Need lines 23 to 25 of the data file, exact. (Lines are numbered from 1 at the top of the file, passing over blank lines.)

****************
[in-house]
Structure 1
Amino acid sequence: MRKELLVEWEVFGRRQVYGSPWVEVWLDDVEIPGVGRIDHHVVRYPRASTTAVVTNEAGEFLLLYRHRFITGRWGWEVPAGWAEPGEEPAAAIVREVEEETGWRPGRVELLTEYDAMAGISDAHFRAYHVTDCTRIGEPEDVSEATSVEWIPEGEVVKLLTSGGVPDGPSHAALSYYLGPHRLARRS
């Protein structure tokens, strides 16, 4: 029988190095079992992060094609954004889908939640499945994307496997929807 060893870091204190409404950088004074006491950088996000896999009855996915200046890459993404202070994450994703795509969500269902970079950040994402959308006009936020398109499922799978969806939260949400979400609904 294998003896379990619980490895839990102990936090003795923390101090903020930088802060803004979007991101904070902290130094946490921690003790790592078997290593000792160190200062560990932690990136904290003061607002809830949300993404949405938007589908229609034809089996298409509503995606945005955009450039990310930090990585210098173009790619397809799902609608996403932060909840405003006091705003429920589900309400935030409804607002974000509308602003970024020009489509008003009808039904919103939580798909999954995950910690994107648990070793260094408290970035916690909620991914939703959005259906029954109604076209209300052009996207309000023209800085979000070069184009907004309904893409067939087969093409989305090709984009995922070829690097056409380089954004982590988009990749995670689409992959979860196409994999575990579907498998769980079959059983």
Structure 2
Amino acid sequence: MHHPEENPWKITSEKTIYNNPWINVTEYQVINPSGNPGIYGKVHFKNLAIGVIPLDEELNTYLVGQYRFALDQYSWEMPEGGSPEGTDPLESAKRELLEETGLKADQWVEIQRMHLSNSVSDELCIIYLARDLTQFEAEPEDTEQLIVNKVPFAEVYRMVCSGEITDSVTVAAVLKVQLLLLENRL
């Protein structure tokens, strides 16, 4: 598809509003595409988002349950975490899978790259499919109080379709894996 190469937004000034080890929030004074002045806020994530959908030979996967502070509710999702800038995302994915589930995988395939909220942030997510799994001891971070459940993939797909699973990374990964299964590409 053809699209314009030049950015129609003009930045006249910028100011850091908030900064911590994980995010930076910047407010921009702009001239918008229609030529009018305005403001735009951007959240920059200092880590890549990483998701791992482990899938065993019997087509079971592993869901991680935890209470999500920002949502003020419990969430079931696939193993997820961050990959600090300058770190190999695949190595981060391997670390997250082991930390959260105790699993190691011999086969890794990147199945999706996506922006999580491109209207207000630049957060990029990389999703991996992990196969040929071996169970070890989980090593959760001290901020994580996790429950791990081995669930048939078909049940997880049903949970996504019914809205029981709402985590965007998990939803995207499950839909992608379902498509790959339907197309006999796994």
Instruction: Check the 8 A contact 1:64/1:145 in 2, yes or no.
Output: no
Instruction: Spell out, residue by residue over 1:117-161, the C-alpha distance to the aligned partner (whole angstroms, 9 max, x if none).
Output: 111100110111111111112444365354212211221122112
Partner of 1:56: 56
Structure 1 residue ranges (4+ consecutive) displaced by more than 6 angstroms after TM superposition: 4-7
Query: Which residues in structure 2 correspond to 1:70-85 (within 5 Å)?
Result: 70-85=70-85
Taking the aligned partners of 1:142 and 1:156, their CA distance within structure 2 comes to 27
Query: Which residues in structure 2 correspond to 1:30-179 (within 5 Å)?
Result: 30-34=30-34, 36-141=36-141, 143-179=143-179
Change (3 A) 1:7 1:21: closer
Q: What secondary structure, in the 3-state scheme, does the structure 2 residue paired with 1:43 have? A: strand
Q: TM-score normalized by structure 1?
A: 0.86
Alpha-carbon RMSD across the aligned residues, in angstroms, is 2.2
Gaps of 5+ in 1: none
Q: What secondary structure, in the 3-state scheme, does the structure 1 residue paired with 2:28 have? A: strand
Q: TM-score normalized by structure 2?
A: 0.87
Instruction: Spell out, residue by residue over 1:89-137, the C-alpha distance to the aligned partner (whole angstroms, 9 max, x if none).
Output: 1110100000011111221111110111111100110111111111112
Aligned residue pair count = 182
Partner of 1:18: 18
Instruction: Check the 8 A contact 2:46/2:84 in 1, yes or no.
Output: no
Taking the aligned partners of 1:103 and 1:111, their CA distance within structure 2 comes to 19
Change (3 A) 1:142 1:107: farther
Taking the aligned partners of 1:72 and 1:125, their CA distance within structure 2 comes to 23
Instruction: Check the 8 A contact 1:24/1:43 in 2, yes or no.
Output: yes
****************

Alpha-carbon RMSD across the aligned residues, in angstroms, is 2.2
Gaps of 5+ in 1: none
Q: What secondary structure, in the 3-state scheme, does the structure 1 residue paired with 2:28 have? A: strand